The Grand Tour was the classical continental trip to France and Italy, undertaken by young aristocratic men in early modern Europe, ostensibly for educational purposes. The first of its kind to approach the Grand Tour from a linguistic perspective, this book is a timely addition to this burgeoning area of study, presenting a unique case study of population movement, language change and education in early modern Europe.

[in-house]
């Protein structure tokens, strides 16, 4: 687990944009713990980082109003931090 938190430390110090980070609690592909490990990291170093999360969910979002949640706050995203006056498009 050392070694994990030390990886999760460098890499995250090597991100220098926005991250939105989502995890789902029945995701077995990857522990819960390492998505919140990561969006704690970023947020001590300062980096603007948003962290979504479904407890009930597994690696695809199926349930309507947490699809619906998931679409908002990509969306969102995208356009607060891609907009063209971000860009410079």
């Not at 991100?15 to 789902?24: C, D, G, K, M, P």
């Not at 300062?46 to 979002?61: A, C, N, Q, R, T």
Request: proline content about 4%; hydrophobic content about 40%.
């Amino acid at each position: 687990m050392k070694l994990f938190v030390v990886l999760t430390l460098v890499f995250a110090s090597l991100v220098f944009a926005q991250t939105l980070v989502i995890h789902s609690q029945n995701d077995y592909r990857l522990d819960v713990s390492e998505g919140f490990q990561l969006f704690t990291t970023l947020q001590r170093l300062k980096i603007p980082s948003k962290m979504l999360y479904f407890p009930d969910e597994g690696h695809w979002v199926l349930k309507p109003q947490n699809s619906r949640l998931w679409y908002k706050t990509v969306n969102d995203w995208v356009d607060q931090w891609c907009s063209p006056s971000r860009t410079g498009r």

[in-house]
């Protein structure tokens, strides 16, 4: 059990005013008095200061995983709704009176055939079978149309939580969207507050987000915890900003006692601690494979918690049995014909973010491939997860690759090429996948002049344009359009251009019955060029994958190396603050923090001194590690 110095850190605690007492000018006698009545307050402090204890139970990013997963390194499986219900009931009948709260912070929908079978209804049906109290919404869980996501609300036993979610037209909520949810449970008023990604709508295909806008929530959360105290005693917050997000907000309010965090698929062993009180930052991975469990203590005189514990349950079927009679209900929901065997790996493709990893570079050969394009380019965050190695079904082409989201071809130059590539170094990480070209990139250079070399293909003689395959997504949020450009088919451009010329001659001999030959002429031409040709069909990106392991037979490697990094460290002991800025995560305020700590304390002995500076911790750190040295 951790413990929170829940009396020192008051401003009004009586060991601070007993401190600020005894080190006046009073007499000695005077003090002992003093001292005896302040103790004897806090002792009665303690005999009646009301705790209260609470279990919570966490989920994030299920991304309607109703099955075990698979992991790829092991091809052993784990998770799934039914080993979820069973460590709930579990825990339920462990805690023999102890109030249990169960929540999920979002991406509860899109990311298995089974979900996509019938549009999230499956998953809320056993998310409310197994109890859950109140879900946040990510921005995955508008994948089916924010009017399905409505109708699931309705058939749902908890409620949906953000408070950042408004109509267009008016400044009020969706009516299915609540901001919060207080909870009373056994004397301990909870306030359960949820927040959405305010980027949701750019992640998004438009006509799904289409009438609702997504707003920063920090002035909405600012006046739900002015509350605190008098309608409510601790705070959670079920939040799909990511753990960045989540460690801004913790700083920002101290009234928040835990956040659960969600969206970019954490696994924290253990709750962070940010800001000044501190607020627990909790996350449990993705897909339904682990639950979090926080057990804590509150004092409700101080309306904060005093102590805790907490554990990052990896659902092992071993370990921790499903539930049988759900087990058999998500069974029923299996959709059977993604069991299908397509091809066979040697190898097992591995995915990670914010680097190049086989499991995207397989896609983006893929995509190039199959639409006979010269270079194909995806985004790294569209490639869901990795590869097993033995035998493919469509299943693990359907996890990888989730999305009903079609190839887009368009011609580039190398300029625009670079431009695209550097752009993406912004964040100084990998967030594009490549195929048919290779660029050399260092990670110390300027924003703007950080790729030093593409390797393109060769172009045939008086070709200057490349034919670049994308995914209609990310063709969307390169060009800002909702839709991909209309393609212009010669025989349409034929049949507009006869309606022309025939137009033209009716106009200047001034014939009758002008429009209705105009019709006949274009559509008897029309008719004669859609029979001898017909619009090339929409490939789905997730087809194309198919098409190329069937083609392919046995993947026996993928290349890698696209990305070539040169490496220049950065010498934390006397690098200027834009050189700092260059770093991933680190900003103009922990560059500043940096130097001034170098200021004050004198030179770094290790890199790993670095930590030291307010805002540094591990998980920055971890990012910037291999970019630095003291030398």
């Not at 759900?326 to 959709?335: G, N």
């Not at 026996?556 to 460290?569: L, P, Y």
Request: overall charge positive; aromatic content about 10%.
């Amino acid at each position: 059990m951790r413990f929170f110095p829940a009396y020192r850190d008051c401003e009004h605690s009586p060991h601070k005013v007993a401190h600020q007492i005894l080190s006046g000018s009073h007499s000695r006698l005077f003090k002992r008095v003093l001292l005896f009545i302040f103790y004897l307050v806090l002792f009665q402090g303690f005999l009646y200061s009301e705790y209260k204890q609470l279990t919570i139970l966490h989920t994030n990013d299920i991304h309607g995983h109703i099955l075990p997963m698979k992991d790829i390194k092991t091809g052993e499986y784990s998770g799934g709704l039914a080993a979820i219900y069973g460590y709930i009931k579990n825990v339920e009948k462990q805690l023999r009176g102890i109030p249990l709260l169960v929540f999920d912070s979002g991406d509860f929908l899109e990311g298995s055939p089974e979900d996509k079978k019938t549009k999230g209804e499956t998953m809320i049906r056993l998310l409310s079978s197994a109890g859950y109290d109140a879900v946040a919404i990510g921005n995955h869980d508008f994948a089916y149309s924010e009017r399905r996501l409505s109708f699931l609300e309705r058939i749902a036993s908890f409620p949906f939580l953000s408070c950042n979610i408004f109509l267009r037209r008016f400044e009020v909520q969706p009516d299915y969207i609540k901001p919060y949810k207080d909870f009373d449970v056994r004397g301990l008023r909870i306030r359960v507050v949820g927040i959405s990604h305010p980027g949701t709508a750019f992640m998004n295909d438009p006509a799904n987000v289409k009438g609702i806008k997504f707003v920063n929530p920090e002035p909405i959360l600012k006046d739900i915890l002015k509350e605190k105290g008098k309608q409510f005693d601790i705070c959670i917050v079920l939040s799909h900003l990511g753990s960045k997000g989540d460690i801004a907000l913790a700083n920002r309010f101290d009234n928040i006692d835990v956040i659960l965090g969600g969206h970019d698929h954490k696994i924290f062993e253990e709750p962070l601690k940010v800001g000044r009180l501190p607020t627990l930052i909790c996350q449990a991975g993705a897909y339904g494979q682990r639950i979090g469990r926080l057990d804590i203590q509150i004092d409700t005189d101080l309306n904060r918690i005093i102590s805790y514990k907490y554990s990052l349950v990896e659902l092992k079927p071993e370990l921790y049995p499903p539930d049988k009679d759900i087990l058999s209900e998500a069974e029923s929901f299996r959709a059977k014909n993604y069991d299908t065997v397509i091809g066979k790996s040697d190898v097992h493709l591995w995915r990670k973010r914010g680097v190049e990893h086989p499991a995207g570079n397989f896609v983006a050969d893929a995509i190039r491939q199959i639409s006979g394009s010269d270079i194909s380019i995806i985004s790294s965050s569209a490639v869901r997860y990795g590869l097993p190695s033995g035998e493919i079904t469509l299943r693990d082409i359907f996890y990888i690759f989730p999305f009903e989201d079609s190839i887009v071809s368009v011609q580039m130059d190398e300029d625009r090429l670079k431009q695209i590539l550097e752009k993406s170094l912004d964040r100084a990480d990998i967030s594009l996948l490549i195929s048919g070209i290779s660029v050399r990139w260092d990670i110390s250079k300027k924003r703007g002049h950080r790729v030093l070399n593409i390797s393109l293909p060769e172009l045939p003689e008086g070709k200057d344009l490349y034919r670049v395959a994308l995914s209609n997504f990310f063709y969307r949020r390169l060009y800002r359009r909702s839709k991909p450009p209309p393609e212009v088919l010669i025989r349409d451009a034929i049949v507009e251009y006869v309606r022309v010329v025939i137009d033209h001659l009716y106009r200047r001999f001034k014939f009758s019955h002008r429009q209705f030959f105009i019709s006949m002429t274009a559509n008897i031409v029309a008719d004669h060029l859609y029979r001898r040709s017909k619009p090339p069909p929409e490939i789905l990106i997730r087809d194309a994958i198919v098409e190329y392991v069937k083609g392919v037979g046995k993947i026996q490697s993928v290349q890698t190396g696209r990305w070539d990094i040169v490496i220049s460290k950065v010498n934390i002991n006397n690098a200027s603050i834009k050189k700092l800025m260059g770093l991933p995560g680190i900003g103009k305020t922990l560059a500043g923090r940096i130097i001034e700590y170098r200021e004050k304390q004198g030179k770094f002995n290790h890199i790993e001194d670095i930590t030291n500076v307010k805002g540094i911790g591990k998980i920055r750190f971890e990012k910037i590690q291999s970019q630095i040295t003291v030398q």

Preface; Introduction; Part I. Attitudes and Aptitudes: 1. Images and stereotypes; 2. Attractions, affections, aberrations; 3. Linguistic training at home; Part II. Encounters and Exchanges: Language acquisition and learning abroad; 5. Aids, strategies and facilitators; 6. Latin and other lingua francas; Part III. Contrasts and Collisions: 7. Perceptions of linguistic diversity; 8. Instances of language contact; 9. Women travellers and gender issues; 10. Conclusion.
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